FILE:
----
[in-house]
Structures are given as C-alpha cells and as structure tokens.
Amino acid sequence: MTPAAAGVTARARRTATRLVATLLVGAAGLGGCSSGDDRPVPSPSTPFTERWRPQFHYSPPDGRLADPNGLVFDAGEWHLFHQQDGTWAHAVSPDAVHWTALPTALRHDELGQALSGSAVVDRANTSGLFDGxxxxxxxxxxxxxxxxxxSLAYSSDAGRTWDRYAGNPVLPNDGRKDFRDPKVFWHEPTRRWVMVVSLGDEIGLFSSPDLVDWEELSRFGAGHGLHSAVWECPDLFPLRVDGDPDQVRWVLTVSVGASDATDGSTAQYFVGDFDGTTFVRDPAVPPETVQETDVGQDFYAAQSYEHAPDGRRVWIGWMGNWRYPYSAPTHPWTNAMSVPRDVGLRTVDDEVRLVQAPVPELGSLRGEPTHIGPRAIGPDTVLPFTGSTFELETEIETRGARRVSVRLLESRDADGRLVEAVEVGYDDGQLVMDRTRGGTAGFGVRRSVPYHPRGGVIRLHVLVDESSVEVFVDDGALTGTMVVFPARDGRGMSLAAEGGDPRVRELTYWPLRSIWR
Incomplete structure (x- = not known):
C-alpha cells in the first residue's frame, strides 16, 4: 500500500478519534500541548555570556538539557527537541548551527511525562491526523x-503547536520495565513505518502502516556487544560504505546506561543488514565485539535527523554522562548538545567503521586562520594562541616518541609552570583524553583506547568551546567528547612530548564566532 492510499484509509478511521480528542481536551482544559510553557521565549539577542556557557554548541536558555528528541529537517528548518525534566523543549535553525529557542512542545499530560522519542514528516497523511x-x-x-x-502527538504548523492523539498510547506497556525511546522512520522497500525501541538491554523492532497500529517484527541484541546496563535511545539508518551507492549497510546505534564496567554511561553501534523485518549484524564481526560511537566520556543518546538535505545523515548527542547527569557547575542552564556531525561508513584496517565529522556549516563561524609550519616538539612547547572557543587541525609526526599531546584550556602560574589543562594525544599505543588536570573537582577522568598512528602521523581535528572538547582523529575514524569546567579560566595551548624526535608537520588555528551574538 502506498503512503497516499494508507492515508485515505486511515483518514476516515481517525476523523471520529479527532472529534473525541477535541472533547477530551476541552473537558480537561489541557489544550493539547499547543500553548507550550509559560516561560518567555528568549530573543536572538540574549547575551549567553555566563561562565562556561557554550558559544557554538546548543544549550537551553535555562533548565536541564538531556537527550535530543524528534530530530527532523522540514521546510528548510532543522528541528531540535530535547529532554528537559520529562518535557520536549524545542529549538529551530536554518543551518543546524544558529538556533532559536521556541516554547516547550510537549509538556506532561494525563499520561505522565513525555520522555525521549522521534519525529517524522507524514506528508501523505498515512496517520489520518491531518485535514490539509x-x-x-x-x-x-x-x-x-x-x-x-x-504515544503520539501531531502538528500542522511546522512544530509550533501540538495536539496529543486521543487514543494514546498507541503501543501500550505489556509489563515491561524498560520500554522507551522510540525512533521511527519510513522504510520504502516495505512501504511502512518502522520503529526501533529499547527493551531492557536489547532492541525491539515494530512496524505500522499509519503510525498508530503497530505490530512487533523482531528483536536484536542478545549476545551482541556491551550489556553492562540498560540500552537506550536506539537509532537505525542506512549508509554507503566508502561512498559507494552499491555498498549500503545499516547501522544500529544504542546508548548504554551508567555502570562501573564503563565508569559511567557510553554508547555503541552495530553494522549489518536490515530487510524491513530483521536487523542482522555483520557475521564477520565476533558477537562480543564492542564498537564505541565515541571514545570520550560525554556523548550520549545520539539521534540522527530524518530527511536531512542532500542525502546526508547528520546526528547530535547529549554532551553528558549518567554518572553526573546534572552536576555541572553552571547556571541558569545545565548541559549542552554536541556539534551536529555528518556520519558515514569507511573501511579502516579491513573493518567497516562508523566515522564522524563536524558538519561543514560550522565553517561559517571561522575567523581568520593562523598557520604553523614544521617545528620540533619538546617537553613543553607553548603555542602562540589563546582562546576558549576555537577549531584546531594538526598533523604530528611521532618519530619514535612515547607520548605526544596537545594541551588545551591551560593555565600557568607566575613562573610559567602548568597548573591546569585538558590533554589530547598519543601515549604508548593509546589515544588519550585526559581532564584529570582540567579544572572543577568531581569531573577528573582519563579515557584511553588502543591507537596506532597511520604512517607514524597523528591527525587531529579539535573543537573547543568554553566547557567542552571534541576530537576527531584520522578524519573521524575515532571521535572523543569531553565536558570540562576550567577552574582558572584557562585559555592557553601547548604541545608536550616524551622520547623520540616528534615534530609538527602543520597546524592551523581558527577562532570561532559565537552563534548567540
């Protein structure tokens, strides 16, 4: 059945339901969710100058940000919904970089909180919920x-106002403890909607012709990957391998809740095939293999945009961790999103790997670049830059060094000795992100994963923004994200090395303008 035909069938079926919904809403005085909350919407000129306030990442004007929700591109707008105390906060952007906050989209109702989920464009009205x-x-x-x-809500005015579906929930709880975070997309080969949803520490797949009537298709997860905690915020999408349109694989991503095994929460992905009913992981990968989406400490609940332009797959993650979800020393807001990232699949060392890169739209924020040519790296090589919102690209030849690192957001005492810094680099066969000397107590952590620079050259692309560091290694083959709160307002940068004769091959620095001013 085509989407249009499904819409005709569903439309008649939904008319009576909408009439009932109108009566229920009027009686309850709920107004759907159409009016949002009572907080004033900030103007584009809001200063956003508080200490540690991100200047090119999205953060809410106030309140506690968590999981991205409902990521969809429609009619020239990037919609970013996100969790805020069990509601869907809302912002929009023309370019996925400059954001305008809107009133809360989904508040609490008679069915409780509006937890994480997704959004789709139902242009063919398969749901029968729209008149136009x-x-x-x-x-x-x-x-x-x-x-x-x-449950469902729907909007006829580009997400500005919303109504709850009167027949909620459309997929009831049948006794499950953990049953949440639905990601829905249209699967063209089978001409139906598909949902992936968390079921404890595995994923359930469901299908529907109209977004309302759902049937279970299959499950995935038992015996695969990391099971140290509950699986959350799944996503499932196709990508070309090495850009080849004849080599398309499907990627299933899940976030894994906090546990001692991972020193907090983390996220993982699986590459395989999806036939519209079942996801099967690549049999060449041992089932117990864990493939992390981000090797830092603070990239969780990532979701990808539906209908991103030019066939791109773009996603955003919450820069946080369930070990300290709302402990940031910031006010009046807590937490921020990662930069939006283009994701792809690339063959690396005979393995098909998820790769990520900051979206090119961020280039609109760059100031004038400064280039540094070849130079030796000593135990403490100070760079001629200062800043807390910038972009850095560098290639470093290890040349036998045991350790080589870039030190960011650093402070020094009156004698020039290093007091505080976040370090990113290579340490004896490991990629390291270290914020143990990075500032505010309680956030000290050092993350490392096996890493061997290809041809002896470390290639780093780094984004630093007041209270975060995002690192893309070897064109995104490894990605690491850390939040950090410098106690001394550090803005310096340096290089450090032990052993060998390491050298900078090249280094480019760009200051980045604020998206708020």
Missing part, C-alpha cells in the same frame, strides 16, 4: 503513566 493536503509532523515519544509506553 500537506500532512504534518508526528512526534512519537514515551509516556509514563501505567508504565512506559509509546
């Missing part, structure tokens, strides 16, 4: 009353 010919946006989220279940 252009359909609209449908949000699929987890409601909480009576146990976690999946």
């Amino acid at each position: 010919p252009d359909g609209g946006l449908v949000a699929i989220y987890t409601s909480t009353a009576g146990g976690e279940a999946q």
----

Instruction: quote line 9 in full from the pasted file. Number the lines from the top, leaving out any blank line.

């Amino acid at each position: 010919p252009d359909g609209g946006l449908v949000a699929i989220y987890t409601s909480t009353a009576g146990g976690e279940a999946q």